On a recent birthday my kids spoilt me with a whole bunch of how to books. Titles such as How to Blog a Book, Write a Thriller and Creative Writing.
In a later letter he described poetry to a Lady Hamilton as “Emotion recollected in tranquility”!
I wonder what was going down between Lady Hamilton and Bill….?
Albert Einstein is famous for this pearl: “Women marry men, hoping they will change. Men marry women, hoping they will not! So each is inevitably disappointed!”
Speaking of women! What about some famous women’s words: Loretta Lynn’s “You have to be different, great or first!” and Mother Teresa’s “Be faithful in small things, because it is in them that your strength lies!”
And then the course that keeps many men away away from the women most Saturdays:
Martin Luther King’s “I have a dream” speech of August 1963 inspired most Americans, and the World! It was also a Prayer, which made it very special!
Facebook has again been the source of, this time the most beautiful photographic study of Wellington, New Zealand, inspiring a poem that, I hope, is worthy of the city itself, and of my youth growing up there!
My mind often wanders there
Leather clad on throbbing steed
Throttle wound at fullest speed
Sparks flying at every bend
Thrilling ride must never end
The long wait in Featherston
For fellow bikers slow to come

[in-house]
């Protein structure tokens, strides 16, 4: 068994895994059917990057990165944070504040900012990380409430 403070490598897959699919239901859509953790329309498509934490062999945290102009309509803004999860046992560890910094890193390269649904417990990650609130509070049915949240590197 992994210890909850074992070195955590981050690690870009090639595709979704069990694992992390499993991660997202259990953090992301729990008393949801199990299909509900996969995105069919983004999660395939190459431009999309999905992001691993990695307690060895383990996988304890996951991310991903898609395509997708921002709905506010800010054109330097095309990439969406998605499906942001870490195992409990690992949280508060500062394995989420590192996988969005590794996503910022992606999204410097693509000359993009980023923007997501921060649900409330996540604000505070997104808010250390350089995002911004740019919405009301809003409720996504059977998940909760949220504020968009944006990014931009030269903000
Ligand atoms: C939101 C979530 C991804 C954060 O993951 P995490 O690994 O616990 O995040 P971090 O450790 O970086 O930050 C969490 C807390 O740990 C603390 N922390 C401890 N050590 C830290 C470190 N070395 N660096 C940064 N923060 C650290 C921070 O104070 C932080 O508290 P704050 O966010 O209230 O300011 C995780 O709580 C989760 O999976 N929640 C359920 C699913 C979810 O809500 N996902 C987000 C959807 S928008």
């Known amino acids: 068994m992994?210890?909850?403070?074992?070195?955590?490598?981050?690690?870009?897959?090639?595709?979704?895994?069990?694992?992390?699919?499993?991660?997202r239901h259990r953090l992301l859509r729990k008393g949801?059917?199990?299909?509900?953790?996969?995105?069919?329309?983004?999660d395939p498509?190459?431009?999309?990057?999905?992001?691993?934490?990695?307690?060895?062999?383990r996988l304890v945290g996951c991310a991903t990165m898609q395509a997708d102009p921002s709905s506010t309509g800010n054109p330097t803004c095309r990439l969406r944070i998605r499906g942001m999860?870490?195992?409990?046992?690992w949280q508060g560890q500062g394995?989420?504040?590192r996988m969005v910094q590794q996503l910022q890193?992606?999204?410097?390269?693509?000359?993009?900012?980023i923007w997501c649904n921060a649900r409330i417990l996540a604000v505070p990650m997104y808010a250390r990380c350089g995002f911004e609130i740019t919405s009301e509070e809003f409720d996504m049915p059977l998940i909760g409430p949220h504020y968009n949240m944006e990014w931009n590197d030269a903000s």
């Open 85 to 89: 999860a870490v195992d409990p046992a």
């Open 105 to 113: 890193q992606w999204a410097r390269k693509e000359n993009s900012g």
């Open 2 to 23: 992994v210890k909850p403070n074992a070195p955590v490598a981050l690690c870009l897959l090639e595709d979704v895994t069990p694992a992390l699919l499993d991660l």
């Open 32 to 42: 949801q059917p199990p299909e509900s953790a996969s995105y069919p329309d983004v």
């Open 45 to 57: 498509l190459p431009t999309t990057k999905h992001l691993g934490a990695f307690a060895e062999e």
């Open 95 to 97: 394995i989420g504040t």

Then Sunday when the mood is right
A more gentle cruise in morning light
Around the bays which never end
To swim in icy water with the friends!
A City that turns it on: long sunny days that start at 4am, so cold in winter we slept with newspaper stuffed around us, when the wind blows, you know! The odd earth tremor kept us on our toes! Rain? Yep it can rain there! Party? Wellingtonians know how to party!
MarkTwain, whose writings are revered the World over, had the necessity to travel in order to grow with the World, truly sussed in his famous quote:
I was honoured to be given a copy of 2014 Man Booker Prize winner, Richard Flanagan’s The Narrow Road to the Deep North for my recent birthday. (My 4 x 16th…!) The book is a beautiful and sexy love story, but with lengthy moments spent in the jungles of Burma, building a railway for the Japs, many more emotions are incited within Flanagan’s words, than feelings of love or desire!
The man is an absolute master within his words, coming up with a parable just a couple of pages into the book: “A happy man has no past, while an unhappy man has nothing else!” This is one book you don’t loan out, as you must go back to search out the moments that brought you close to tears, and why! Later on Flanagan starts paragraphs with: “Of A day………..!”
F R David’s Words did it for us back in 1982:
St Vincent School for The Deaf, where words are taught to be heard!